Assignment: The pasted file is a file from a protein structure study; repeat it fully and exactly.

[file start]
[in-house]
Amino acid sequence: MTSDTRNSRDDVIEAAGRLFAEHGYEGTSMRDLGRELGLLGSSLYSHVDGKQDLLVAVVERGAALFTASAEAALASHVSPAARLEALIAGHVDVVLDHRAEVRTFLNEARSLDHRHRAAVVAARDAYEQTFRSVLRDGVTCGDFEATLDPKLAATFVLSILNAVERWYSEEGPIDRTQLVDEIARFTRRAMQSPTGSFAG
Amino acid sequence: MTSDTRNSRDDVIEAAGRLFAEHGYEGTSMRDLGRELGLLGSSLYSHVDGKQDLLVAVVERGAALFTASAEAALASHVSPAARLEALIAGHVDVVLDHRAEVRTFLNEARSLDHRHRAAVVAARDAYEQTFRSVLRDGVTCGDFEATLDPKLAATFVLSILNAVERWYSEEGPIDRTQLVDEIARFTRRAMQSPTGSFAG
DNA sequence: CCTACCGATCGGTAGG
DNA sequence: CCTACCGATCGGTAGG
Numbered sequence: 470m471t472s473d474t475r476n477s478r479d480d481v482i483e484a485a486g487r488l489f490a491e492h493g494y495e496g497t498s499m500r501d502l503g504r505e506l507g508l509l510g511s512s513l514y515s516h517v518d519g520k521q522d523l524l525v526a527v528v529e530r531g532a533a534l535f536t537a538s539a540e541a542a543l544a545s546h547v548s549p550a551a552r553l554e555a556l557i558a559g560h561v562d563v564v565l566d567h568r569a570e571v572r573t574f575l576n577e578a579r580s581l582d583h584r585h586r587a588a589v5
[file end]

[in-house]
Amino acid sequence: MTSDTRNSRDDVIEAAGRLFAEHGYEGTSMRDLGRELGLLGSSLYSHVDGKQDLLVAVVERGAALFTASAEAALASHVSPAARLEALIAGHVDVVLDHRAEVRTFLNEARSLDHRHRAAVVAARDAYEQTFRSVLRDGVTCGDFEATLDPKLAATFVLSILNAVERWYSEEGPIDRTQLVDEIARFTRRAMQSPTGSFAG
Amino acid sequence: MTSDTRNSRDDVIEAAGRLFAEHGYEGTSMRDLGRELGLLGSSLYSHVDGKQDLLVAVVERGAALFTASAEAALASHVSPAARLEALIAGHVDVVLDHRAEVRTFLNEARSLDHRHRAAVVAARDAYEQTFRSVLRDGVTCGDFEATLDPKLAATFVLSILNAVERWYSEEGPIDRTQLVDEIARFTRRAMQSPTGSFAG
DNA sequence: CCTACCGATCGGTAGG
DNA sequence: CCTACCGATCGGTAGG
Numbered sequence: 470m471t472s473d474t475r476n477s478r479d480d481v482i483e484a485a486g487r488l489f490a491e492h493g494y495e496g497t498s499m500r501d502l503g504r505e506l507g508l509l510g511s512s513l514y515s516h517v518d519g520k521q522d523l524l525v526a527v528v529e530r531g532a533a534l535f536t537a538s539a540e541a542a543l544a545s546h547v548s549p550a551a552r553l554e555a556l557i558a559g560h561v562d563v564v565l566d567h568r569a570e571v572r573t574f575l576n577e578a579r580s581l582d583h584r585h586r587a588a589v5